“I was stuck,” Doctor said. One thing we knew was that if a patient had an allergy to a topically applied medicine, giving very low doses orally can help desensitize them.”
In order to accomplish this, Doctor cut minoxidil pills into quarters. The low dose made her hair grow, but did not affect her blood pressure, as the higher dose was intended to do.
Later, he lowered the dose to one-fortieth of a pill and began routinely prescribing it. It is still taken by that first patient.
In Miami in 2015, Doctor reported that low doses of minoxidil induced hair growth in 100 successive women.
In 2017, he published those results, noting that rigorous studies were needed, in which some patients would take minoxidil and others sugar pills. However, that has not happened. Over 10,000 patients have been treated by him, he says.
With aging, more dermatologists are prescribing low-dose pills to patients with male and female pattern hair loss.
Doctor, a dermatologist at Johns Hopkins School of Medicine, said it is just getting popular. We are sharing our success stories more and more at conferences.”
Doctors who do not specialize in hair loss “would not be familiar with oral minoxidil,” except as a rare treatment for high blood pressure with a black box warning that it can cause heart problems. According to her and others, the warning is for much higher doses.
Minoxidil will not help if the hair loss is too severe, according to Doctor. “It won’t work, for example, if a man has a shiny scalp and is mostly bald. The ideal patient is not completely bald, but has lost enough hair that even a casual observer would notice.
However, the use of minoxidil pills for hair loss remains off-label without an FDA approval trial. According to dermatologists, it is likely to remain so.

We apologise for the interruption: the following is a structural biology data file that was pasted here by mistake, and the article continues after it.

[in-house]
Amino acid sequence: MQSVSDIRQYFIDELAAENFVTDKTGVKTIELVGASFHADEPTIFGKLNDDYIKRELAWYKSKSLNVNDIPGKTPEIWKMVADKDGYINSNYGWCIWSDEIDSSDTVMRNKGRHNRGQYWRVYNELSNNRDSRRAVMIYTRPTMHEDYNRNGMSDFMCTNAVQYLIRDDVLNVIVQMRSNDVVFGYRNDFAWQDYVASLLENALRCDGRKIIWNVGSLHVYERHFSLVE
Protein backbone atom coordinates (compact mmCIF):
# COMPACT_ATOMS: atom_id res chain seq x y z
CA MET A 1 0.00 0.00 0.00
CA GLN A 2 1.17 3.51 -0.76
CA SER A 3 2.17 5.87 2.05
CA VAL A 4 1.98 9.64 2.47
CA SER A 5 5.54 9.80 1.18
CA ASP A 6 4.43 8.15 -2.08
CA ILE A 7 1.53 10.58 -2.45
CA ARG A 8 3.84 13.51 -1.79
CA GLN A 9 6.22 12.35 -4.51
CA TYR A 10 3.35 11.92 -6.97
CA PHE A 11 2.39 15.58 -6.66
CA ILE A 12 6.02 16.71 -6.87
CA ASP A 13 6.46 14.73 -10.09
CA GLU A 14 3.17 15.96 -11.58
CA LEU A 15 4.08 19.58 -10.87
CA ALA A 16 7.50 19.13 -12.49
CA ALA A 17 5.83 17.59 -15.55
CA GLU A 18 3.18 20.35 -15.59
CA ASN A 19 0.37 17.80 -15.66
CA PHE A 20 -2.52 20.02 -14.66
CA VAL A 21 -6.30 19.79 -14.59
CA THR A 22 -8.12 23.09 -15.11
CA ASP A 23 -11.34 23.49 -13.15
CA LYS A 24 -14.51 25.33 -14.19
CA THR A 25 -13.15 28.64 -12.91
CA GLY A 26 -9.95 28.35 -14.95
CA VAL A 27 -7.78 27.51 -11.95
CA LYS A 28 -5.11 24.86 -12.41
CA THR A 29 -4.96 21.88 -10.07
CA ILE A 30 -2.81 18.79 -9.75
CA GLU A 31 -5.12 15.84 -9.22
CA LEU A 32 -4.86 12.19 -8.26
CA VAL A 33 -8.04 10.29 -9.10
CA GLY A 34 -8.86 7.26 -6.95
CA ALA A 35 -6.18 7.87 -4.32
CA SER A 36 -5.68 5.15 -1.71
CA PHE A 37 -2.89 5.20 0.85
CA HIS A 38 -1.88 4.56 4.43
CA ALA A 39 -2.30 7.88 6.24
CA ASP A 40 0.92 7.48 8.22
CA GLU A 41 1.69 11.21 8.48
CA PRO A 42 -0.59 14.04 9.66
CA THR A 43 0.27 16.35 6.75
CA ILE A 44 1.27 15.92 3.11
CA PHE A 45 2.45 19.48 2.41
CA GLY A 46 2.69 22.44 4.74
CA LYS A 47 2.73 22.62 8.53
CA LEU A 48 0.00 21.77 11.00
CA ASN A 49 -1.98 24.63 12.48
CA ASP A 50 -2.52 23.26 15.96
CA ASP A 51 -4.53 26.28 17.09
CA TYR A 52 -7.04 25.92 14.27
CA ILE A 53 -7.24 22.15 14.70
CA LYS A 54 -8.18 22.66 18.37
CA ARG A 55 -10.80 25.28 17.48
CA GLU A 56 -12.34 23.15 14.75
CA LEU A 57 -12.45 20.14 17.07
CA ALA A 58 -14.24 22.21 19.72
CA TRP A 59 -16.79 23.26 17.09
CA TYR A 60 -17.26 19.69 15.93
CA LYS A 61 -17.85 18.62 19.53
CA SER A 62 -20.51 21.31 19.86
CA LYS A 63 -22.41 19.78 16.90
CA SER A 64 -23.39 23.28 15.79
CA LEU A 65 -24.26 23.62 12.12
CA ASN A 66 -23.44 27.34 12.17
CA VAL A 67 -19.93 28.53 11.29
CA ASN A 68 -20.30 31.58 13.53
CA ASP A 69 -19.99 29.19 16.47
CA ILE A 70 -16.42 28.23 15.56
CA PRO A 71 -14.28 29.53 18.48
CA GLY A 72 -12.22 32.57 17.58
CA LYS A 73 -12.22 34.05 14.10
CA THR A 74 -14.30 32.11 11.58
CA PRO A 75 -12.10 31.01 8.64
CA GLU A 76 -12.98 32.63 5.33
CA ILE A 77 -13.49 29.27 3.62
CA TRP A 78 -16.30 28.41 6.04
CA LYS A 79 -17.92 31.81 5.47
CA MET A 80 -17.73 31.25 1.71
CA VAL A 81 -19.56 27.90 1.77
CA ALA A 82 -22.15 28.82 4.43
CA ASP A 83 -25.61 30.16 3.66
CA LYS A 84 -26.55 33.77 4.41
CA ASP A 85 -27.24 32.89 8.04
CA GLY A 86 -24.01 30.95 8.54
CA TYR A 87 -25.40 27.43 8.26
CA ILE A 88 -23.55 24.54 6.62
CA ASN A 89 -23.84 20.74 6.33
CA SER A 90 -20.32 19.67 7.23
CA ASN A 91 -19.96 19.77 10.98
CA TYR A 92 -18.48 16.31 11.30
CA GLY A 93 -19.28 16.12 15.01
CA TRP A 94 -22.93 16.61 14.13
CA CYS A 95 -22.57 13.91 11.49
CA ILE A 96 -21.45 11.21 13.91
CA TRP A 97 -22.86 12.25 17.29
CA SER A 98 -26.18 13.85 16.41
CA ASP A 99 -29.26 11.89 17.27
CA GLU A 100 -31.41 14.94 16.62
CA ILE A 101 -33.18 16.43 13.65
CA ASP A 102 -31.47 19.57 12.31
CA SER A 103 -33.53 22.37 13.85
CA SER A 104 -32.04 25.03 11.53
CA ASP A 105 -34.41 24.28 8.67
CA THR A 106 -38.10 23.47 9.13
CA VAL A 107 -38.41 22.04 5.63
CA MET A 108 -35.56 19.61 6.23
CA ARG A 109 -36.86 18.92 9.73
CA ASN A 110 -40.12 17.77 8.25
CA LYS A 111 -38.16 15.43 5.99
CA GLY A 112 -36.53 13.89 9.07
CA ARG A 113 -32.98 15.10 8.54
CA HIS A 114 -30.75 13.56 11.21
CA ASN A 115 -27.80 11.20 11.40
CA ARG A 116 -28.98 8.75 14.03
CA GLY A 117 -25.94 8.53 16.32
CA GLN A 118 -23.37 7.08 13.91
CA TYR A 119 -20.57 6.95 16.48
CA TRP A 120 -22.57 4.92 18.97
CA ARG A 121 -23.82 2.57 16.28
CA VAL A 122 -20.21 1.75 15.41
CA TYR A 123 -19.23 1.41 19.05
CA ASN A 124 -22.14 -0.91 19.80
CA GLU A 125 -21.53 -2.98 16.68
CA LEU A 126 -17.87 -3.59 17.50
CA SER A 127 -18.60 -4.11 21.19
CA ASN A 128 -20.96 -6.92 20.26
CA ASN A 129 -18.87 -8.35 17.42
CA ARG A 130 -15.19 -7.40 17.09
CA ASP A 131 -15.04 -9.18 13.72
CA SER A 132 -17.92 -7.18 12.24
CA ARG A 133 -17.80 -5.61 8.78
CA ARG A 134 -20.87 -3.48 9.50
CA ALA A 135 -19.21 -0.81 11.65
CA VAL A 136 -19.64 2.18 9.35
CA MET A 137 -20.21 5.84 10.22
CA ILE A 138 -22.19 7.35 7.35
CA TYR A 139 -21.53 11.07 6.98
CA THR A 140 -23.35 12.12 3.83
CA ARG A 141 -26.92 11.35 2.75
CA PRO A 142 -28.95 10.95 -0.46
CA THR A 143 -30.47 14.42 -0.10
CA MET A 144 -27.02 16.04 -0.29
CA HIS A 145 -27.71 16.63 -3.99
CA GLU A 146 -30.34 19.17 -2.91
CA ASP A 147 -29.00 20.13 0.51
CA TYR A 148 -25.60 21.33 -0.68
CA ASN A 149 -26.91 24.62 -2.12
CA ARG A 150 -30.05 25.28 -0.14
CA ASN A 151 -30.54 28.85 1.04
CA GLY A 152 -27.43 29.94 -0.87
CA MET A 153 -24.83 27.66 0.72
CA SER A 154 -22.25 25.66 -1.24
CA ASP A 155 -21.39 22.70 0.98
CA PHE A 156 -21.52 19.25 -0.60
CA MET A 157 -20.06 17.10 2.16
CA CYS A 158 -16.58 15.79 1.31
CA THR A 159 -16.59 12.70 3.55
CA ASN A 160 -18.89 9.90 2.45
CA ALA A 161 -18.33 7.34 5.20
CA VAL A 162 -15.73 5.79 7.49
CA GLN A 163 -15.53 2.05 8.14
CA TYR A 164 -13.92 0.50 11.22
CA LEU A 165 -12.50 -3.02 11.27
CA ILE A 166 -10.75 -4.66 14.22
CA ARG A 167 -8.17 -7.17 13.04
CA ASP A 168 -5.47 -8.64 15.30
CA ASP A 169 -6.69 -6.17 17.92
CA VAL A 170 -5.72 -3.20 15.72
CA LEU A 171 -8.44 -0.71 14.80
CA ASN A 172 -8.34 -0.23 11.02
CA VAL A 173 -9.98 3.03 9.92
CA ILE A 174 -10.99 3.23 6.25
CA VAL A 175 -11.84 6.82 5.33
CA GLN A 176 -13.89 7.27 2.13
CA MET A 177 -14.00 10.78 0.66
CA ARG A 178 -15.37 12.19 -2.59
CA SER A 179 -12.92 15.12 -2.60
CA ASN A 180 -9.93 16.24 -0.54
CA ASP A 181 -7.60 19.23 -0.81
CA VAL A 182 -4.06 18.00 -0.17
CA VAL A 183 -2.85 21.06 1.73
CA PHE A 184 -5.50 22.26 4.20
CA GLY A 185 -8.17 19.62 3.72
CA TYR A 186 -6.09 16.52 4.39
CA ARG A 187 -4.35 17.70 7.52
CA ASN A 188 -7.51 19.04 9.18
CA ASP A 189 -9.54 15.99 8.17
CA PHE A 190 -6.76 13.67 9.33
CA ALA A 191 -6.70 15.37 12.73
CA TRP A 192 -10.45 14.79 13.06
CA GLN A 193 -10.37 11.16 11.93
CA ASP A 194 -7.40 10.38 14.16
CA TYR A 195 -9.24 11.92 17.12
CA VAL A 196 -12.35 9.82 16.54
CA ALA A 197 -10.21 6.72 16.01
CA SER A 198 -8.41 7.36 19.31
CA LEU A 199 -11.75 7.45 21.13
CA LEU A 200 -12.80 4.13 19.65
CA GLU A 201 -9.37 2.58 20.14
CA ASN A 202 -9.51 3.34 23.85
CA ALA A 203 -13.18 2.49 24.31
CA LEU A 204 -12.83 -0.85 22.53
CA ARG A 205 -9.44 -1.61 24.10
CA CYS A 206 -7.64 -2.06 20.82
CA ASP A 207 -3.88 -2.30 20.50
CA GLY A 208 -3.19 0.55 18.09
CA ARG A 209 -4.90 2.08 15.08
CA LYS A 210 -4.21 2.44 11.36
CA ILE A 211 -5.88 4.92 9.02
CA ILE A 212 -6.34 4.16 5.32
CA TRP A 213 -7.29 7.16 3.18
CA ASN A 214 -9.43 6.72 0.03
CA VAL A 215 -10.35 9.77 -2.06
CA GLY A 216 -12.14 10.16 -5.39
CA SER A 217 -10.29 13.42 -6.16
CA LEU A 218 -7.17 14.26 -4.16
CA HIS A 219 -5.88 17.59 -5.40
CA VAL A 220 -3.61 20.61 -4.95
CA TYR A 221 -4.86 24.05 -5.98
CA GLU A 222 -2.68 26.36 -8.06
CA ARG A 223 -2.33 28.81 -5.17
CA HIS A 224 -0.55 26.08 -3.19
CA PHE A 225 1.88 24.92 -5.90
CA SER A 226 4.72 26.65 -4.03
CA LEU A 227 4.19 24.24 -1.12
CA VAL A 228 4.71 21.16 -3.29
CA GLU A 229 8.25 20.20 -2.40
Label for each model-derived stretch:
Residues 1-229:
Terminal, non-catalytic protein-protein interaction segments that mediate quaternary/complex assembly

According to Doctor, oral minoxidil costs pennies a day. In a clinical trial, there is no incentive to spend tens of millions of dollars. There will never, ever be a study like that.”
In some cases, patients taking low-dose minoxidil notice stray hairs growing on their faces and chins. To prevent unwanted hair growth, some dermatologists, including Doctor, have added spironolactone, a blood pressure drug that also blocks certain sex hormones called androgens.
Some dermatologists say over-the-counter remedies are useless and only two FDA-approved hair growth products are available to patients who don’t want to go off-label.
In men with benign enlarged prostates, these include Rogaine and finasteride, a generic medicine used at higher doses. As a hair-loss drug, it is only approved for men. Sexual dysfunction has also been linked to it.
There is also word of mouth about minoxidil pills.
Doctor said he had witnessed miracles.
Brandy Gray, 44, of Monkton, Maryland, was involved in one.
She said she had been losing her hair over time. “Then I started having circular patches without hair.”. “It got worse and worse.”
A dermatologist had given her shampoos and supplements without success. Ultimately, she said her dermatologist told her, “There is nothing else I can do for you.”
Doctor prescribed low-dose minoxidil to her. She had thick, abundant hair ten months later.
She said, “I can part my hair in different ways.”. Wigs are no longer a necessity for her.
This hair loss doesn’t seem to have happened at all.